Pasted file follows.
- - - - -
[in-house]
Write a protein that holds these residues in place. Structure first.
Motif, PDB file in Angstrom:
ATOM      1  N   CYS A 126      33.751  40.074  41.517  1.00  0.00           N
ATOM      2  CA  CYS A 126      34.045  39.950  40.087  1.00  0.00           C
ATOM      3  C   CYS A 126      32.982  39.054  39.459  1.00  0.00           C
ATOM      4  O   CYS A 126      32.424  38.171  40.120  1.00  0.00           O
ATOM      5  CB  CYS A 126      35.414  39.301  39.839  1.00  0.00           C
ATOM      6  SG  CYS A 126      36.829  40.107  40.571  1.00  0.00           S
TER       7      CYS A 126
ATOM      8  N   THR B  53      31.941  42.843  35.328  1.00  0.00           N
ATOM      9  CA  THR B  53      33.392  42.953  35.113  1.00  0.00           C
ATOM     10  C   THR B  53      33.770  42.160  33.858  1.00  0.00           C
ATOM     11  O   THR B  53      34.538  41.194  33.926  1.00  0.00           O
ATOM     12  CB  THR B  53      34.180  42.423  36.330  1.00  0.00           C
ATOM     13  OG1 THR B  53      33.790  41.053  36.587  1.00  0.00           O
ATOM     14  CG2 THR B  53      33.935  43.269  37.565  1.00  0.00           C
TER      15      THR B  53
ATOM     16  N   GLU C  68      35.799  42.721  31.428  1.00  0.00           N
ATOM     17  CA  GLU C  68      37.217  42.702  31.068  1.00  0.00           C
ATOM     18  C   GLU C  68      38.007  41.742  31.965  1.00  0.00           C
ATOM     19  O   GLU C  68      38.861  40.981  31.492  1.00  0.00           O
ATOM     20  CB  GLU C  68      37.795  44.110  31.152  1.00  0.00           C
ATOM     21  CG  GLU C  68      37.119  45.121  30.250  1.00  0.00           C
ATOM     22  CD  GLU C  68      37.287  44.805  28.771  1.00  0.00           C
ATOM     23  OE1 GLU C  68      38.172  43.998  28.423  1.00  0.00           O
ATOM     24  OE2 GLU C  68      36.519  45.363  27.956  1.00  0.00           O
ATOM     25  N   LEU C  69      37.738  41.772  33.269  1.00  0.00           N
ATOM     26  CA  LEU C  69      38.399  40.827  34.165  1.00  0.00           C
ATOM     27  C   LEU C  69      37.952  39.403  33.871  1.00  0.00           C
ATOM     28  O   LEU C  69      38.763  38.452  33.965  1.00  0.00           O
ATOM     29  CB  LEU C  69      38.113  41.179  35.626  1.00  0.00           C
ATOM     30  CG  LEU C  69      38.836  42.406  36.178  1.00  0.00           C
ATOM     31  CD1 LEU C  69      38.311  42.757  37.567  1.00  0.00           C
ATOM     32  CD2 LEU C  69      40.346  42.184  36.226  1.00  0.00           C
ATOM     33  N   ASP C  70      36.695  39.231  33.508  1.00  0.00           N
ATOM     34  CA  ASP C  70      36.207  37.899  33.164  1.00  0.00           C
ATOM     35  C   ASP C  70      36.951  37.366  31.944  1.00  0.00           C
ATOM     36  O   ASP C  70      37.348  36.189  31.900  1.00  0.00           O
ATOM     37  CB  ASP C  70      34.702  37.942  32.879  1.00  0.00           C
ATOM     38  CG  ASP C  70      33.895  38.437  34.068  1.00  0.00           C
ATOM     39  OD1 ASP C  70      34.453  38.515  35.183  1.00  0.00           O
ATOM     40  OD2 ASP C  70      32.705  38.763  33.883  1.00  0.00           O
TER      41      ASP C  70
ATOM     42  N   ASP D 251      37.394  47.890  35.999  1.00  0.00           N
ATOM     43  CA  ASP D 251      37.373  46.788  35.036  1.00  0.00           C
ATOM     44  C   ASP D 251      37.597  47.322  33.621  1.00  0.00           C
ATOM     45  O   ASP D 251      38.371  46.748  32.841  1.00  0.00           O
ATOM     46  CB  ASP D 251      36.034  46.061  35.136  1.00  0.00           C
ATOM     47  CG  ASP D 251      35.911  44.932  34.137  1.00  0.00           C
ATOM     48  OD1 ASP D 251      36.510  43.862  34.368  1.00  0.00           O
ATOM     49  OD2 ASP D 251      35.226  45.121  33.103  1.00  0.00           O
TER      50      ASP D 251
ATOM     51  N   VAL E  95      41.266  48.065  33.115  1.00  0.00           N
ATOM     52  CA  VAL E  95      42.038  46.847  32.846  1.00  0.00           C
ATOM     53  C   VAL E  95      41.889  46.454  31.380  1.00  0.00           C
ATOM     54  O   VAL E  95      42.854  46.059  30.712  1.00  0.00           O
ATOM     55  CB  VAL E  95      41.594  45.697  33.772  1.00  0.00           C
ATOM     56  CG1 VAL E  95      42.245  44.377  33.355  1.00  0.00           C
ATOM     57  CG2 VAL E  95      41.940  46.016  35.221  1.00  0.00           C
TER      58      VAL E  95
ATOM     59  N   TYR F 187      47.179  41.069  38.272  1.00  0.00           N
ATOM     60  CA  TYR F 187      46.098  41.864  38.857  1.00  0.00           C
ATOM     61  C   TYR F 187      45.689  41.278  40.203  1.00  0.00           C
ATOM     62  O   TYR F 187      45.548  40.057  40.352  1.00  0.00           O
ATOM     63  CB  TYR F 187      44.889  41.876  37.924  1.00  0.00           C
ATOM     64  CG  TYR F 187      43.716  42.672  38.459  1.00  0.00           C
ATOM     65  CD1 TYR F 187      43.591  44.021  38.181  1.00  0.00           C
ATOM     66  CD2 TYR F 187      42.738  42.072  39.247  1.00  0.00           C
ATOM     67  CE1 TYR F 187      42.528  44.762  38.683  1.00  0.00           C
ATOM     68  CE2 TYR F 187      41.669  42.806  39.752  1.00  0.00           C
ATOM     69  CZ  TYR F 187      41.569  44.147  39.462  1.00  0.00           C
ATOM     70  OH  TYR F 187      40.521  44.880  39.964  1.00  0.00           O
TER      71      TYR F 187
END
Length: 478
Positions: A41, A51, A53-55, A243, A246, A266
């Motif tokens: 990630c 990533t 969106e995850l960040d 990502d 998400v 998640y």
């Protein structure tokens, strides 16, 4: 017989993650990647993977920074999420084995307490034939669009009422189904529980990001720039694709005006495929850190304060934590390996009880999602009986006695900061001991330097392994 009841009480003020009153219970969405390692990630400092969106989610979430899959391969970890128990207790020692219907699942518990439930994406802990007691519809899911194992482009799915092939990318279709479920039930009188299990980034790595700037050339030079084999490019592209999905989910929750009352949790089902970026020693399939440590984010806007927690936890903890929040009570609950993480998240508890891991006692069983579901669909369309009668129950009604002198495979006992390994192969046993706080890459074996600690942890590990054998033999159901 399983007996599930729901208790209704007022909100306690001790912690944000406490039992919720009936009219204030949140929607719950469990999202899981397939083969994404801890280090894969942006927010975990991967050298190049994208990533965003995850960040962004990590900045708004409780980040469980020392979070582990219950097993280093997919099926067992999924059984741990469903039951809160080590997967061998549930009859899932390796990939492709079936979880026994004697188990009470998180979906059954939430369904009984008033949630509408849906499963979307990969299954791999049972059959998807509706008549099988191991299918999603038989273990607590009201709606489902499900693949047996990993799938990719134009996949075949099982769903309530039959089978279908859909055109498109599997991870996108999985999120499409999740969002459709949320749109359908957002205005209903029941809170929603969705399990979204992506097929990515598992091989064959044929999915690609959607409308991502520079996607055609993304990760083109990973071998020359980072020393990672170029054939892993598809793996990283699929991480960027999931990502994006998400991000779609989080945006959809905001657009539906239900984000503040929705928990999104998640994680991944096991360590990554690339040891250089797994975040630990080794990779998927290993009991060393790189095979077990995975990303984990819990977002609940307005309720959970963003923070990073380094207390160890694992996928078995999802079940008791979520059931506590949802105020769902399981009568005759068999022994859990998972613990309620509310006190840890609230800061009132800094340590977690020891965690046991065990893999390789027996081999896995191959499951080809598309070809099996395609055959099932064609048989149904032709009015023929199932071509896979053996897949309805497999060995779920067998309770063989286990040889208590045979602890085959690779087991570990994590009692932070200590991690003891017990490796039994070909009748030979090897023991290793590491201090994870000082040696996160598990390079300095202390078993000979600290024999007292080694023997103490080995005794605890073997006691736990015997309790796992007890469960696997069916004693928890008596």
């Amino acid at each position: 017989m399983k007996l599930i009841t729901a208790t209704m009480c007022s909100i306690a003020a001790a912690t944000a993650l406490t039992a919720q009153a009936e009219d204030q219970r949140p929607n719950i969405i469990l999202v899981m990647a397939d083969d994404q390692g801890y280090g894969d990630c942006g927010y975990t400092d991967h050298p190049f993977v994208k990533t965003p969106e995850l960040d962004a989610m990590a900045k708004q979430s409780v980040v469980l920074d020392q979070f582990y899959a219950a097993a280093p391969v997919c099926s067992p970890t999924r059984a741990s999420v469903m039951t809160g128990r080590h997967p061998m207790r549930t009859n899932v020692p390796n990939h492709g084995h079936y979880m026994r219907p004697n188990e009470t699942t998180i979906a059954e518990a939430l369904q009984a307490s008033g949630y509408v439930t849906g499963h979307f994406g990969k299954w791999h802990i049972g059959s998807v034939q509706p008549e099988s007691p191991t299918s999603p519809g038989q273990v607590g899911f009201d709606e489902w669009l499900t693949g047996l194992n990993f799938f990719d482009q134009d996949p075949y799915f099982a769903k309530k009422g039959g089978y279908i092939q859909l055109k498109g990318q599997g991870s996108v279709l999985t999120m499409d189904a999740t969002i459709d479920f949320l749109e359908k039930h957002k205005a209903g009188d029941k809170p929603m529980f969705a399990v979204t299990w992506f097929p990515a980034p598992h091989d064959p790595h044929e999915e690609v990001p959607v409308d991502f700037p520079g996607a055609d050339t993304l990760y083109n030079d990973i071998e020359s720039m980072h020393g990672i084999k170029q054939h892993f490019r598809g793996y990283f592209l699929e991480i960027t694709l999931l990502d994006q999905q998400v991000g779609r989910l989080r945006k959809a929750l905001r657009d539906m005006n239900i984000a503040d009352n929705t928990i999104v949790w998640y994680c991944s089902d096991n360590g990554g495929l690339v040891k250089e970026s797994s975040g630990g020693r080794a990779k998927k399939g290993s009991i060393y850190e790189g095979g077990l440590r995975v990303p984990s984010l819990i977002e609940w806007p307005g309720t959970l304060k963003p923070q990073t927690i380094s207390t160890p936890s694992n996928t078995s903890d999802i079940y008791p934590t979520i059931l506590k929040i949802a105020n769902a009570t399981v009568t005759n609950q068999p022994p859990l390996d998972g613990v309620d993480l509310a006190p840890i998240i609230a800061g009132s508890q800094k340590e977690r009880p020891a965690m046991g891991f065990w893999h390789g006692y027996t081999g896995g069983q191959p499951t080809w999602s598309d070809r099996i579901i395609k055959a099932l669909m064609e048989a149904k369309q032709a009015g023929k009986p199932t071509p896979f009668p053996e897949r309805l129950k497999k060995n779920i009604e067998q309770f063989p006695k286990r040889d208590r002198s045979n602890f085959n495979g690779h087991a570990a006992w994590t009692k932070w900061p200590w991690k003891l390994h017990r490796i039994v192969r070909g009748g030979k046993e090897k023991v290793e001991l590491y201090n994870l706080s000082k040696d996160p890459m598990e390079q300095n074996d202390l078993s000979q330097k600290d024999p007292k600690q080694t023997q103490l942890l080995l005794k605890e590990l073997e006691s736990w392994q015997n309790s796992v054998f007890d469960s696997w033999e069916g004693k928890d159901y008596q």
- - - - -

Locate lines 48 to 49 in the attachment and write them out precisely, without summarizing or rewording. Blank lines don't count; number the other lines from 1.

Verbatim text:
ATOM     45  O   ASP D 251      38.371  46.748  32.841  1.00  0.00           O
ATOM     46  CB  ASP D 251      36.034  46.061  35.136  1.00  0.00           C